This post is the last in the series on energetic cross-training. In the first post, we focused on how yoga and mediation are intimately linked. In the second, we focused on how yoga and moving practices can be linked. In this post, I am going to talk about how everything fits together.

In one sense, you can say you can energetically cross-train with ordinary qigong, tai chi, bagua, and longevity breathing yoga (Taoist Yoga).  Each has a specific focus, but in the end they are a unified whole. Depending at where you are on your path, it may be beneficial for you to learn a different movement form or you may need to stick with your existing practice longer . . . 

Resistant to Change?

If you approach your practice with the idea of, “I like to do this one and I shouldn’t have anything to do with the other one,” you may not be doing yourself any favors. As humans, we are often resistant to change. By seeing the larger context for the each of the different energetic practices in Taoism, you can make a more informed choice on how you want to participate or not.

It might just be that, if you can train the same muscles or your attention in different ways, that you get enhanced capacities. Just like in physical cross-training out of those muscles they are able to do more.

You might want to energetically cross-train to see if by just doing something different or by working from a different angle, all of a sudden you might just be able to go to the place where you wanted to be and are also to do it well.

Avoiding Getting Stuck and Boredom

Of course, at the end I also have to say that for myself personally that the good part about having more choices is that you go through human cycles. There is the whole other issue of what I would simply call human boredom, or your interest shifts so you know at a certain period of time by doing yoga or tai chi or bagua or certain types of qigong or meditation that when you almost feel like you’re hitting a wall.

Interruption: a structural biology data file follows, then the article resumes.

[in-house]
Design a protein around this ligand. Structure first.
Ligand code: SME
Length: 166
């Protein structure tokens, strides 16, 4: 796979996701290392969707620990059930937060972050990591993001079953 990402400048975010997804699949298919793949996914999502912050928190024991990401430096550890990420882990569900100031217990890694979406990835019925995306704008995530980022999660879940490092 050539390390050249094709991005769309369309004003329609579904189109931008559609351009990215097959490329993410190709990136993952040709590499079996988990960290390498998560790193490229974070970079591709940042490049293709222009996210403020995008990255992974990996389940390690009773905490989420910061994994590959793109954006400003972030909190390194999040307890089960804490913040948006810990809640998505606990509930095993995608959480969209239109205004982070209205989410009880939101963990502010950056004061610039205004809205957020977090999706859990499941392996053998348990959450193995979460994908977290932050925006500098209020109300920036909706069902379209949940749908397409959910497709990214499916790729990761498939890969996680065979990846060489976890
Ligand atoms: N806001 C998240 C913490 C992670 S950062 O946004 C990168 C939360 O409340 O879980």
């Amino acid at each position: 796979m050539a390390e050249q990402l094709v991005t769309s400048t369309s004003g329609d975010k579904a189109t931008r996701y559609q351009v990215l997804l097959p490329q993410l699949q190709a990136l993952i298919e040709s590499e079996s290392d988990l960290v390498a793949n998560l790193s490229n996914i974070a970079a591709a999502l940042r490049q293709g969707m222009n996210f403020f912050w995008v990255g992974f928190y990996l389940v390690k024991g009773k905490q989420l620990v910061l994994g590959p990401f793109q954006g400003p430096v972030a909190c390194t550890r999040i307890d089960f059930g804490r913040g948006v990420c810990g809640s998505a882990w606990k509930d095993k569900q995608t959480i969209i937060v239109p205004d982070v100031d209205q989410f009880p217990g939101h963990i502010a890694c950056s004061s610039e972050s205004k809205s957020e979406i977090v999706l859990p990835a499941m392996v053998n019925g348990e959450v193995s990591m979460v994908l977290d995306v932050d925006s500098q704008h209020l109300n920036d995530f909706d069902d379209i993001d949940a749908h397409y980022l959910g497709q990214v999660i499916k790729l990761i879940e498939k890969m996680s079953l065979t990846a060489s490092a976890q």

You then go and do something else that is related to it and that reinvigorates your motivation, your interest, something different you can wrap your head around and get enthused about.

But since your still working with essentially the same stuff when you go back to what you were doing before you find that you’ve progressed. Then you can find that all of a sudden that which was getting still has become lively, yoga can do that for the tai chi or the meditation and vice versa.

Not Going Deep Enough

I think the one danger in bringing forth the concept of energetic cross-training is that many people don’t actually practice what they learn. So in this case, it would be important to mention here that it is much better to go deeper and to stay consistent with one practice rather than jump from one to the next without learning anything fully. Cross-training should not be used if you have learned a movement like qigong or tai chi but don’t practice it.

Energetic cross-training is useful when you need to focus on a particular component of a practice, such as breathing or alignments, and to learn that component it may be easier to learn it in another practice. Energetic cross-training can also be useful when you get stuck in a current practice that you are doing regularly.

Where It All Leads

So, this series of posts should serve as an introduction to energetic cross-training, a methodology that worked wonders for me. I thought it was also useful to share because I think that people get kind of stuck with I do this therefore I wouldn’t want to do that.

I can understand if what they were doing was really different and also if doing something else was a detraction. However, the whole nature of energetic cross-training is that the events you are cross-training for, are on the surface  very different, but they actually are working with the same body systems that you want to enhance they are each one doing it from a very different angle.

I hope this concept of energetic cross-training has been useful to you and I encourage you to leave a comment below . . .

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